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'Grimm' Review: 'The Good Soldier'

Christopher Monigle Christopher Monigle
January 20th, 2014 10:12am EST

Grimm

I guess Grimm’s last two episodes weren’t a radical departure from the established structure of the series since “The Good Soldier” nestles back to the most familiar structure, which is straightforward procedural with a wesen element and barely notable scene involving Renard/Europe/Adalid. Juliette’s friend, Alicia, is gone and will, presumably, never be seen or heard from again. Hank’s leaving Zuri alone, which means she’s neither seen nor heard from again, or even discussed. This week, Grimm introduced a possibly psychopathic ex-soldier on a murderous path to kill those who wronged her while in the service together. Nick and Hank investigated the murders and the suspects and all that. Sgt. Wu barely did anything; ditto Renard. Grimm’s back to normal, though it never strayed. The most to expect from Grimm, now in the middle of its third season, is not drastic change from what it is. Basically, Grimm will not gel its hair one week, or will gel its hair if you’re the type to let the hair go.

Discovery for Nick in his cases was prominent in the first season as he learned about himself and the new world his Aunt abruptly threw him into before and after her death. Nick’s a learned Grimm in the third season. In the last act when he and Hank question Frankie Gonzalez, the suspected ex-soldier and killer of the ‘Cowboys,’ about what kind of Wesen she is, she shows she’s not that type of Wesen by Volga-ing out for Nick. Nick’s able to identify what she is by sight. More and more he masters what and who he is and what and who his potential enemies are. “The Good Soldier” is another episode to show not all Wesen commit horrible crimes. Most notably, it shows two of the same behaving differently—these scorpion-like creatures, known as soldiers in the Grimm books. The introduction of the Wesen soliders is cool. Nick’s books name them soldiers, used pejoratively in the text. That’s why incredible emphasis is given to the usage of ‘good soldier.’ Frankie says that about her old CO, and her old CO says it about her. I think the idea goes back to something I wrote about last week or two weeks ago: that whatever Wesen a person introduced is isn’t reflected by what it is, or something.

Nick and Hank don’t figure much into the investigation. They get it wrong actually. Frankie herself breaks the case open for them. The writing’s pretty good. The red herrings, the threats, the panicked ex-soldiers, make it seem like the murderer is Frankie. I don’t think that straightforward story would be received well by modern audiences, since modern audiences want more and more depth from their stories. Executives want more from a story, as Damon Lindelof discussed in a magazine article several months ago about the summer blockbuster. Frankie was raped by her compatriots four years prior, but the army covered it up. The renegade soldiers, called Cowboys, lived their lives without remorse. Frankie carved the date of the gang-rape into her arm and went to each man’s house to push them towards a confession. None would except for one, who is soon murdered by a fellow soldier. Frankie’s former CO took to killing the men who raped her after learning he had three months to live—this CO didn’t do enough for her at the time and regretted it. So, there’s a redemptive element to the story, a display of sorrow and remorse, a love for Frankie, a sadness about what he put her through, and then he sacrifices his life to put the last Cowboy behind bars. It’s all there. Modern audiences can rest easy, and Damon Lindelof can take a shot of whiskey.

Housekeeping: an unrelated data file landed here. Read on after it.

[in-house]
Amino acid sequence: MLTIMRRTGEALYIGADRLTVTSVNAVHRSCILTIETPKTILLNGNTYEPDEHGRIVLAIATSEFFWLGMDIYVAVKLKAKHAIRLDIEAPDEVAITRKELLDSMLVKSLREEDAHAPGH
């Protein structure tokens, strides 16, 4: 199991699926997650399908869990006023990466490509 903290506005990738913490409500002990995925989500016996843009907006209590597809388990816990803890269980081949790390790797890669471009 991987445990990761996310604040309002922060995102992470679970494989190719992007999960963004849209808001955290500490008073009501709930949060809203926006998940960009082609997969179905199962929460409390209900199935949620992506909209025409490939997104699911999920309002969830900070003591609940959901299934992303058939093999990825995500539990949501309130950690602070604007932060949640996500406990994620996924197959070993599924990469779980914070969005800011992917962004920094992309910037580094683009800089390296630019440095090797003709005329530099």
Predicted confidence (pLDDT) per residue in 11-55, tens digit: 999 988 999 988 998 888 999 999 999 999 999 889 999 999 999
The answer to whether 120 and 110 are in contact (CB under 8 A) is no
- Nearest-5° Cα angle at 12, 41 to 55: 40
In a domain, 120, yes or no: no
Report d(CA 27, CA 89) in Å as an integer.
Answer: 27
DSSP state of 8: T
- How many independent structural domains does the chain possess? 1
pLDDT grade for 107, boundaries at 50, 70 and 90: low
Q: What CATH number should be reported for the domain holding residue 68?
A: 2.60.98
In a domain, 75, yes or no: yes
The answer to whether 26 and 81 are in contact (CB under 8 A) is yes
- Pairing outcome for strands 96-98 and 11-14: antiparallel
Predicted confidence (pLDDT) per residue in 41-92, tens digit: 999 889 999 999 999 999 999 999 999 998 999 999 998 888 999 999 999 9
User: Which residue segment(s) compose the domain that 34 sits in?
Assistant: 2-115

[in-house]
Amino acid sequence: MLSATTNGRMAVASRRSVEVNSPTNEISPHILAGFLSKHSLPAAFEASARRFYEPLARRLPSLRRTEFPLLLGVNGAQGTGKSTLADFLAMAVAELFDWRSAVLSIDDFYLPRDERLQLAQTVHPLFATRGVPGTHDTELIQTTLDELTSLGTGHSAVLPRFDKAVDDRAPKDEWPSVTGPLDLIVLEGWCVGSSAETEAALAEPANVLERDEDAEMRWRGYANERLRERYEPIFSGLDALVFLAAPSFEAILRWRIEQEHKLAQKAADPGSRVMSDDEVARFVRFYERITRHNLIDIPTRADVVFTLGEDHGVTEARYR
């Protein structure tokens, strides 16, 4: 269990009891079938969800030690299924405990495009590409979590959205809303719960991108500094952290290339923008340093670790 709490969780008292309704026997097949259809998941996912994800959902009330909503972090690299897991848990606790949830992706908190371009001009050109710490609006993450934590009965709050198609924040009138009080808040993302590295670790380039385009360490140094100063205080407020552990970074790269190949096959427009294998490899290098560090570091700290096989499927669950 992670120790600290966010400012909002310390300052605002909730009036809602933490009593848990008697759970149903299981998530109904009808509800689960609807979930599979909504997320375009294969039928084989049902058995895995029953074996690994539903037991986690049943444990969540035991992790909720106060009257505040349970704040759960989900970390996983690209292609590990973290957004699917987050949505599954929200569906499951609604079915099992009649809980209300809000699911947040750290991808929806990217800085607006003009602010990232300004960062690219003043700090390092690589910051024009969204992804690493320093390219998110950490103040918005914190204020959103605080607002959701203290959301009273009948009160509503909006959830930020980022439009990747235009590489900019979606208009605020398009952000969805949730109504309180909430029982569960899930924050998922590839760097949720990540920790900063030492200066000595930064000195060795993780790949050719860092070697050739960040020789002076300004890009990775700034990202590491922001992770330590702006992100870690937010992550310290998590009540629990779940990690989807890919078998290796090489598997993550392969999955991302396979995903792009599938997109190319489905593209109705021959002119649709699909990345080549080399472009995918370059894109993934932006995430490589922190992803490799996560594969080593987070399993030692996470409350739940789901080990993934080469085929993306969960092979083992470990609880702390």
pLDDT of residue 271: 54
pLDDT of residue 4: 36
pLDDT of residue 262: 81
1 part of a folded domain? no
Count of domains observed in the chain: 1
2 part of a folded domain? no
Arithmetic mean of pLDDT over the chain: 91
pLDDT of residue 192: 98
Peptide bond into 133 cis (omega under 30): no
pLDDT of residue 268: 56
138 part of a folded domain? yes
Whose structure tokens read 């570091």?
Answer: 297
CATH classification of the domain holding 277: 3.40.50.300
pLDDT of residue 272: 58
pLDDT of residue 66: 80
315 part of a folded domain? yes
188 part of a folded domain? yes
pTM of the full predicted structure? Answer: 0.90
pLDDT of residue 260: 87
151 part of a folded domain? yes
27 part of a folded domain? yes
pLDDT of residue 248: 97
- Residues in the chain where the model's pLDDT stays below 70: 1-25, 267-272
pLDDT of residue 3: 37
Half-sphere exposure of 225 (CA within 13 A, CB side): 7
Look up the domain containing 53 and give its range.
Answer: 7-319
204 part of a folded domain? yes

“The Good Soldier” also told part one of a two-part ‘Meet the Parents’ story. Monroe met Rosalee’s mother and sister. Monroe learned more about Rosalee’s drug-ridden past. Rosalee’s character development has been impressive. The writers may’ve been more interested in deepening her relationship with Monroe. Since they coupled, it’s been a fairy-tale relationship. The Krampus episode introduced tragedy into Rosalee’s back-story. Lately the writers have made stories out of her past. At dinner she deals with her mother and sister, still mad that she didn’t attend her father’s funeral. Rosalee reveals she didn’t go because she went to jail for shoplifting. Monroe observes throughout the tense dinner and then comforts her outside. Before she goes inside, where she reconciles with her mother, her sister threatens him. Next week will introduce Monroe’s parents. I imagine a wedding ceremony quite like Buffy’s “Hell’s Bells” already.

Meanwhile, Adalind begins regaining her powers. Renard learns about this through a phone call. You know, I’m going to miss these short scenes in which an unfamiliar character calls Renard to deliver him exposition we’ve seen a scene earlier.

Other Thoughts:

-NBC’s promos for Grimm next week suggest a wacky hour of ‘Meet the Parents’ silliness; however, these promos preview the story with the least scenes. I assume four scenes at the most for ‘meet the parents’ subplot.

-I hope Adalind returns soon. Nick needs a familiar adversary once in awhile. Of course, Adalind needs to give birth before that. With the way Grimm plots, she won’t be back in Portland until this time next year.

-Rob Wright wrote the episode. Rashaad Ernesto Green directed it, his TV directorial debut. (I think).

Photo Credits: © NBCUniversal, Inc